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Branding gurus rebrand themselves

by Jonathan Lansner, Staff Columnist

So who do the branding gurus use when they need a brand makeover?

In the case of a marketing shop from Irvine, they performed the corporate identity overhaul on themselves.

So as of today, say goodbye to RiechesBaird. Say hello to BrandingBusiness.

The road to a new identity was a roughly 18-month journey that company insiders say was based on the same premise as they’d use on any client: What is the new corporate strategy and how would a new identity amplify that metamorphosis?

In two decades, RiechesBaird evolved from a small local shop – as the old, two-man name implies – to a 23-person consultancy handling global accounts.

Founders Ryan Rieches and Ray Baird had added two partners – Alan Brew and Michael Dula. There’s the 3-year-old office in New York City. And dreams developing of a far broader empire.

With this grander vision in place, the consultancy asked itself – including many internal discussions from the top of the ladder to the lowest – what was the best way to position the company for the future.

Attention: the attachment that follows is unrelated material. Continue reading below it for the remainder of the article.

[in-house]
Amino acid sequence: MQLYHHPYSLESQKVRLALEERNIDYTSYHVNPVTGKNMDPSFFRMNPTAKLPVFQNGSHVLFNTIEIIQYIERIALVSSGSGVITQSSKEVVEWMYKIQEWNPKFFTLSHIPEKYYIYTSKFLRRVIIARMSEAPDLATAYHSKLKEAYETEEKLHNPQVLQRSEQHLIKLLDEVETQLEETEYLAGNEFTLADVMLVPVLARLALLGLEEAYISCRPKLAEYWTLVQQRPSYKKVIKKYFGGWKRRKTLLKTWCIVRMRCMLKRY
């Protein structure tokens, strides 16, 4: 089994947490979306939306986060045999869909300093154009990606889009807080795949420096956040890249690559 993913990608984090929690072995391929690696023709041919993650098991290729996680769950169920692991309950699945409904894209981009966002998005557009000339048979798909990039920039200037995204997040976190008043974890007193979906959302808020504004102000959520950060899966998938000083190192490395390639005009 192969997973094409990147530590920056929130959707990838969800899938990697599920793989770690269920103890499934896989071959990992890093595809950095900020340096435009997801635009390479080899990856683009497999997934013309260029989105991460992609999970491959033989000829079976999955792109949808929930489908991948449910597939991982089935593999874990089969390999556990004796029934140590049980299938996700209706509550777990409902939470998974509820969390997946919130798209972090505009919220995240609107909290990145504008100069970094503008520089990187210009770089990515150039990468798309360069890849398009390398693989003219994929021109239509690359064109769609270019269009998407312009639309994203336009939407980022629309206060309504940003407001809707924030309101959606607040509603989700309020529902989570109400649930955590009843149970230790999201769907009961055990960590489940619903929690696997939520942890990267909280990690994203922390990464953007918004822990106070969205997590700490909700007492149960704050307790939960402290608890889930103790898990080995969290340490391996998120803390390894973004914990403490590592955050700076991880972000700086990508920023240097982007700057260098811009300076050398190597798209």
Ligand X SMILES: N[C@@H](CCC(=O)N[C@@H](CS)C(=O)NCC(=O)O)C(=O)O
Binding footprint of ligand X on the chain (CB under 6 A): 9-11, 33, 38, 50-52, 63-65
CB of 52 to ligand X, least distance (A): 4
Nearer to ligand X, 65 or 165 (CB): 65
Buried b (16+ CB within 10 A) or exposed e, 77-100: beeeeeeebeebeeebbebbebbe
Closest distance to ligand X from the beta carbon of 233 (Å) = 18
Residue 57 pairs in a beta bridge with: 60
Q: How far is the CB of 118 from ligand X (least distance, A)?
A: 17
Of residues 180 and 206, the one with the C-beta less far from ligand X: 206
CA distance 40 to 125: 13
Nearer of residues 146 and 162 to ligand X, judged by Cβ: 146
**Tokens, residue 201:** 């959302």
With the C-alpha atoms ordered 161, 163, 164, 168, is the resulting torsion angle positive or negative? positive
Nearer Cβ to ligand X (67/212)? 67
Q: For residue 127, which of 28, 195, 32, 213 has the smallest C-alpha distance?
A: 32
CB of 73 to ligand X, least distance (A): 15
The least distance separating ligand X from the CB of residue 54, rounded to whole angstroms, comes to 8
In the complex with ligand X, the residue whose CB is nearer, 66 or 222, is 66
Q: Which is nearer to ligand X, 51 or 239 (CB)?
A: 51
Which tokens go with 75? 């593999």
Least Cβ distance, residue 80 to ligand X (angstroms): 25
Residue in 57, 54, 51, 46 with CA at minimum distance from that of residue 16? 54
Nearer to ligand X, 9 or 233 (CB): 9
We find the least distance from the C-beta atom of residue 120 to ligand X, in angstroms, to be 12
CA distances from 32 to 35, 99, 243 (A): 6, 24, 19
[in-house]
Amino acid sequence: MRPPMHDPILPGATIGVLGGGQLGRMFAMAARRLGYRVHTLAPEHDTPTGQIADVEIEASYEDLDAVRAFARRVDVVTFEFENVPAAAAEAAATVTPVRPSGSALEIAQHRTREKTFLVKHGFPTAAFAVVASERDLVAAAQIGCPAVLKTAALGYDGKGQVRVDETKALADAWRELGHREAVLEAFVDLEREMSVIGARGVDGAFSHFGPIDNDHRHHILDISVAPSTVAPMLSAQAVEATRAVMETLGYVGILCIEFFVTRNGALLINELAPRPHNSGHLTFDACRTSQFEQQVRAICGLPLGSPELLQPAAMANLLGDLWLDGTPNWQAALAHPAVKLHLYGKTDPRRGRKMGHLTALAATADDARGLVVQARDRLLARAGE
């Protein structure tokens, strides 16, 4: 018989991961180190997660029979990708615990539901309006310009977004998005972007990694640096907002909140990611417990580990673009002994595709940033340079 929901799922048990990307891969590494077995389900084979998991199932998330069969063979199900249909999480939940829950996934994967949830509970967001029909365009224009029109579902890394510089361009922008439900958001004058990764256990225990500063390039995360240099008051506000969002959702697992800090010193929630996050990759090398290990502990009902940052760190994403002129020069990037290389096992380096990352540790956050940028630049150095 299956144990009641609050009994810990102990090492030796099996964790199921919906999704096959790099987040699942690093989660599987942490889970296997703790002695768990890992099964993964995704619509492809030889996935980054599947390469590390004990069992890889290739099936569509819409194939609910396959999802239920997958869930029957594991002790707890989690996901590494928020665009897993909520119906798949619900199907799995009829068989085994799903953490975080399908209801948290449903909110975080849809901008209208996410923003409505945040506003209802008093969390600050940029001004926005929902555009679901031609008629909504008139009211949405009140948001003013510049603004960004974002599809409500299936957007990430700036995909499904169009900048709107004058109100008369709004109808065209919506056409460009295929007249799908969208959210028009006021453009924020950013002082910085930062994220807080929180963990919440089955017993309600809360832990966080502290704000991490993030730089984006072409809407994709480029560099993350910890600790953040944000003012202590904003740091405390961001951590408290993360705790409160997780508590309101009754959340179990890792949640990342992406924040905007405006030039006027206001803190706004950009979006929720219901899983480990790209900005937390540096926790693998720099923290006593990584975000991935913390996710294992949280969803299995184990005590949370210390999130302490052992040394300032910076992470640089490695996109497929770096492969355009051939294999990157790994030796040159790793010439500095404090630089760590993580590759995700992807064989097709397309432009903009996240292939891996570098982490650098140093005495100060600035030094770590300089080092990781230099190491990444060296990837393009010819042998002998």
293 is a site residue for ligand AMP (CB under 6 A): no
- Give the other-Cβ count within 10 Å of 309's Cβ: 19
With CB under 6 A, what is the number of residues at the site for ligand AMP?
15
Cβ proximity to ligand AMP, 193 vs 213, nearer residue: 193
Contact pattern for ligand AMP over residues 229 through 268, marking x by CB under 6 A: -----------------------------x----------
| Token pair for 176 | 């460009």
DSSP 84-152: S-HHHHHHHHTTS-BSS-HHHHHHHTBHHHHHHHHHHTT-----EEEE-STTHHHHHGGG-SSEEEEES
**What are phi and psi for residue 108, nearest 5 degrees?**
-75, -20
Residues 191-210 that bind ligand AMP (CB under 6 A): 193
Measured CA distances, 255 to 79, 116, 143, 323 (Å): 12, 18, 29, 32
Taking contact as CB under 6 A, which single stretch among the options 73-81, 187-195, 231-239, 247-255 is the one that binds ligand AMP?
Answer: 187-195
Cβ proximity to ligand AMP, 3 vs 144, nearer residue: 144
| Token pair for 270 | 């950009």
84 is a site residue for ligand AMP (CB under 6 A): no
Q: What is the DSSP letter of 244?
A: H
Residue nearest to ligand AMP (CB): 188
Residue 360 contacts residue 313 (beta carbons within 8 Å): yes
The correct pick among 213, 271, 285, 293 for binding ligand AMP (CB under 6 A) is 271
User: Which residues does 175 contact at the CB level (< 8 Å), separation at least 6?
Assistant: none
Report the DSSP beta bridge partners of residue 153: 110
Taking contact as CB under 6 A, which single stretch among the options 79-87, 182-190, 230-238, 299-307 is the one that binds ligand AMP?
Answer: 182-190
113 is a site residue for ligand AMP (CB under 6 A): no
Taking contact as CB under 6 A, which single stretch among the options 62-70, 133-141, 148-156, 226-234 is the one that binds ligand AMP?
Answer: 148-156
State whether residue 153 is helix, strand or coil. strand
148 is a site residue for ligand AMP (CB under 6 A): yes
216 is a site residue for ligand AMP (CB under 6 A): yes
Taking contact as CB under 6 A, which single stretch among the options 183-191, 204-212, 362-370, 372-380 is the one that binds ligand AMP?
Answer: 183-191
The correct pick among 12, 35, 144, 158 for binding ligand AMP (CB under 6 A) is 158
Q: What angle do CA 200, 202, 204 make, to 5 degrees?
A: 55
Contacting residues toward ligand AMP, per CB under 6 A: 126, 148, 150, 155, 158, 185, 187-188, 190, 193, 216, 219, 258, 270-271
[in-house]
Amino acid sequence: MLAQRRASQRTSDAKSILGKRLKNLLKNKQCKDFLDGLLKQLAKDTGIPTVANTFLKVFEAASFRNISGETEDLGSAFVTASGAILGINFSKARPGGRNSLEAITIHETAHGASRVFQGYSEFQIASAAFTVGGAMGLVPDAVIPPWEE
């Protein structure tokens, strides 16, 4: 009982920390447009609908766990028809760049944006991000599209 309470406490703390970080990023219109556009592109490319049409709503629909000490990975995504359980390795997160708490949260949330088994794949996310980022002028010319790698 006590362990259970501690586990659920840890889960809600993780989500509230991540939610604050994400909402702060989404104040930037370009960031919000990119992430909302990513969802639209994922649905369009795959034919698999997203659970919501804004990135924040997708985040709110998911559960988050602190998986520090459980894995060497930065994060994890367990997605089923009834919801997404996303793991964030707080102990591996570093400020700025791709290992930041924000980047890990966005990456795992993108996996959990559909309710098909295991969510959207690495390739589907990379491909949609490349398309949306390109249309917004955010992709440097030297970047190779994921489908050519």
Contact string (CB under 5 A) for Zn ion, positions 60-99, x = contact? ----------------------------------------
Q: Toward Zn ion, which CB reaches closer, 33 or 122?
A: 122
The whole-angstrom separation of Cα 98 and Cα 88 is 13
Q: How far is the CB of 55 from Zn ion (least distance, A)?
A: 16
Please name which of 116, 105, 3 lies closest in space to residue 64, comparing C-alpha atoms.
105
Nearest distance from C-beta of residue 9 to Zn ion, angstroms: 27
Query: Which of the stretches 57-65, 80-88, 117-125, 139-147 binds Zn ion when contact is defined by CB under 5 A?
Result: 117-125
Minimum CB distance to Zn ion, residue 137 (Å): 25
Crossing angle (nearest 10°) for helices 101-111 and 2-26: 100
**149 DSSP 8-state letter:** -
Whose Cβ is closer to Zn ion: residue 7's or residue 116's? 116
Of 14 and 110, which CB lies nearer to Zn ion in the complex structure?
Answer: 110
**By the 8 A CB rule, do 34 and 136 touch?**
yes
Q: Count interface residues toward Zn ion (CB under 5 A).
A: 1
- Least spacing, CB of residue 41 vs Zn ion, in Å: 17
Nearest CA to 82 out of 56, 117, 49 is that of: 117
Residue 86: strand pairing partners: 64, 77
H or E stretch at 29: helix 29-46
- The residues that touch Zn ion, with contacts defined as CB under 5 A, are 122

“It was a great opportunity to practice what we preach,” Dula says.

One drawback, it seemed, was the name.

Family names in a corporate image certainly evoke a favorable impression of quality, hand-crafted products and service. At the same time, they can be limiting.

It may suggest a modest scope of work or service area. And some clients may want accounts handled only by the “name” partners – when it takes numerous crew members to deliver the services.

In addition, this firm’s name in particular was hard to spell and correctly pronounce – making it a tricky moniker to market domestically and internationally.

“We had to leave egos in the past,” says Rieches, a founder who is no longer in the name.

As the rebranding efforts were underway, the power of the company’s 5-year-old brandingbusiness.com website came into focus. It’s an educational hub for companies pondering a rebranding, not a RiechesBaird information site. The brandingbusiness.com site had developed a significant online following as a go-to site for marketing executives.

If the old name had to go, why not leverage the good vibes the firm had created with its branding-advice website? “BrandingBusiness” – in very direct, simple language –- says exactly what the company does.